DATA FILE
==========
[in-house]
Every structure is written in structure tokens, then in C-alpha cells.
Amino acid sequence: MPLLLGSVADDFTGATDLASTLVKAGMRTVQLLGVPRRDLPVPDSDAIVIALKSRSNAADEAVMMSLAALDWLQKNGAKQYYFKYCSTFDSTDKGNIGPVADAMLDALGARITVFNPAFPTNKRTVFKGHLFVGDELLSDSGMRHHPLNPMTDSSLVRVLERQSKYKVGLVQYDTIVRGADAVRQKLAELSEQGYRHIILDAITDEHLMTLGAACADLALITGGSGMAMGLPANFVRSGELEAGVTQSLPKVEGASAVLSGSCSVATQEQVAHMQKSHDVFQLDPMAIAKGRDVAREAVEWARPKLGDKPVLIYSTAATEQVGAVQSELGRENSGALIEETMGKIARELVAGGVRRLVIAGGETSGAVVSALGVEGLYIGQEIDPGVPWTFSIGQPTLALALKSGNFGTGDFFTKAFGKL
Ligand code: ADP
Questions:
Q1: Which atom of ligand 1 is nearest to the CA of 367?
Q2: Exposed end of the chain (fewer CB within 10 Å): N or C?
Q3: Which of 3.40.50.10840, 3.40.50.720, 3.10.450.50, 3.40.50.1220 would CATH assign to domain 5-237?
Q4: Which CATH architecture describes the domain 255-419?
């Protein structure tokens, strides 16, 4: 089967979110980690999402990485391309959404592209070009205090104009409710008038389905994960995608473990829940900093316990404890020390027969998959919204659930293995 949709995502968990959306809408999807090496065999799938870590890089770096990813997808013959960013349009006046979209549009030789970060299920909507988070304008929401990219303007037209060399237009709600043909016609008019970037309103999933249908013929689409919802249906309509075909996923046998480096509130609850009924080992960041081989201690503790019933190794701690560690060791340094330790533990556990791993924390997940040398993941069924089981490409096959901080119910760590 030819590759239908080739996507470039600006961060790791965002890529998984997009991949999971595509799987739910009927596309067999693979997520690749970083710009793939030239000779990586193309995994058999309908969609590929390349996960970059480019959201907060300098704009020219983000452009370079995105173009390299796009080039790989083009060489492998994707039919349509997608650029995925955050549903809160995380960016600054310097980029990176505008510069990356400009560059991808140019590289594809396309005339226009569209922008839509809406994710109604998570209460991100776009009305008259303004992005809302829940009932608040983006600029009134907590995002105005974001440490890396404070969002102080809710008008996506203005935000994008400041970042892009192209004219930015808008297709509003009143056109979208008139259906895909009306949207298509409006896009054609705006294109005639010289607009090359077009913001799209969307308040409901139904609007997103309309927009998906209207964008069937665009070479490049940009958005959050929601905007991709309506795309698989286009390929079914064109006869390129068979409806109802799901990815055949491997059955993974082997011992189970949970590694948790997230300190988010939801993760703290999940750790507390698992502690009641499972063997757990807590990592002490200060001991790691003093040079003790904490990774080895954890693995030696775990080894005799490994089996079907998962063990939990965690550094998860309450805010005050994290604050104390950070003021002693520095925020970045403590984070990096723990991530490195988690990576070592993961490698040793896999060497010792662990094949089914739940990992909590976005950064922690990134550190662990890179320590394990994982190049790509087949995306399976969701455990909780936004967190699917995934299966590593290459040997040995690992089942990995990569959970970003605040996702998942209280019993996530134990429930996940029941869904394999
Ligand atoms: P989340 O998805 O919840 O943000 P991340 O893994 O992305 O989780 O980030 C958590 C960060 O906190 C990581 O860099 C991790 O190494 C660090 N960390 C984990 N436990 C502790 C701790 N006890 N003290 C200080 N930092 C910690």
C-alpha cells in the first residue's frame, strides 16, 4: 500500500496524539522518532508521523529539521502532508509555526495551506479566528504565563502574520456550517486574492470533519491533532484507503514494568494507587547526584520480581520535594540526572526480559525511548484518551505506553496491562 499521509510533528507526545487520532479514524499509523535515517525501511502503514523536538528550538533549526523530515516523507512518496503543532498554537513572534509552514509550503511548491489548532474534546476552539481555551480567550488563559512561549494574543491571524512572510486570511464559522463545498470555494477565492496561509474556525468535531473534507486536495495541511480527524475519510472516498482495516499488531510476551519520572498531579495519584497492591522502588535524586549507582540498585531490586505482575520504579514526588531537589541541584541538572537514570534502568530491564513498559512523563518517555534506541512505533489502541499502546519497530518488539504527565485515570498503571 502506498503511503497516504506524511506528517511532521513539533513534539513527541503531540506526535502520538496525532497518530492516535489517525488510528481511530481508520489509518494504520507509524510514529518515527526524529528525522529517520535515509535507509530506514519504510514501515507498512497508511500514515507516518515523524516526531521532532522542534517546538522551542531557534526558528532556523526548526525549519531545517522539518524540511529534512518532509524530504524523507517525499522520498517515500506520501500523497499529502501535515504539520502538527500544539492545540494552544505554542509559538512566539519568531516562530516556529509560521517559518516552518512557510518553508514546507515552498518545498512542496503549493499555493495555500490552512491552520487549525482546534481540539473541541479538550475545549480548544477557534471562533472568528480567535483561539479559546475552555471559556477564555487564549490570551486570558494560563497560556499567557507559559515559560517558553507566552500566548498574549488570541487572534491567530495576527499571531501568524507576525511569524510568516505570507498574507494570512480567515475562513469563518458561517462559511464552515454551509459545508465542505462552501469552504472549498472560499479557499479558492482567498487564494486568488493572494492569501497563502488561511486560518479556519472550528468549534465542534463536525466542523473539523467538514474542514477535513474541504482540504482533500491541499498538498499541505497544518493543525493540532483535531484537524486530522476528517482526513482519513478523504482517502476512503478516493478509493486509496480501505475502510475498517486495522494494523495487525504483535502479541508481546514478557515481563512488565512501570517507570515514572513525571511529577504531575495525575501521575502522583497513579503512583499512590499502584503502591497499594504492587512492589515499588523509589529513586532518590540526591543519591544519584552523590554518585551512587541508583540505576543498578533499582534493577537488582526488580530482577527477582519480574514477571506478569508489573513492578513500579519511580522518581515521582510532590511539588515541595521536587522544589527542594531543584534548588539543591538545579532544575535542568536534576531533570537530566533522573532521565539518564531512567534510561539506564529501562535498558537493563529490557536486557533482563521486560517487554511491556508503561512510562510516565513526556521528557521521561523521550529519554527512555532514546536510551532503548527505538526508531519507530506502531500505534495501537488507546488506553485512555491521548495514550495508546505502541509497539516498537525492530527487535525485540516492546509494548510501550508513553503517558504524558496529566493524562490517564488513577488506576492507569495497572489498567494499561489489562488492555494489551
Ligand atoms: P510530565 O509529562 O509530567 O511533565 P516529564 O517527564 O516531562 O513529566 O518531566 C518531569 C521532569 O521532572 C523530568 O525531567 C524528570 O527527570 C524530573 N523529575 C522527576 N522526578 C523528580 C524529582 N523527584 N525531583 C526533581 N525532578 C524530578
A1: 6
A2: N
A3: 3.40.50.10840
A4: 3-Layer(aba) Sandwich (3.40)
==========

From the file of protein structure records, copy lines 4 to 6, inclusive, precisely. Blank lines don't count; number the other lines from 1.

Ligand code: ADP
Questions:
Q1: Which atom of ligand 1 is nearest to the CA of 367?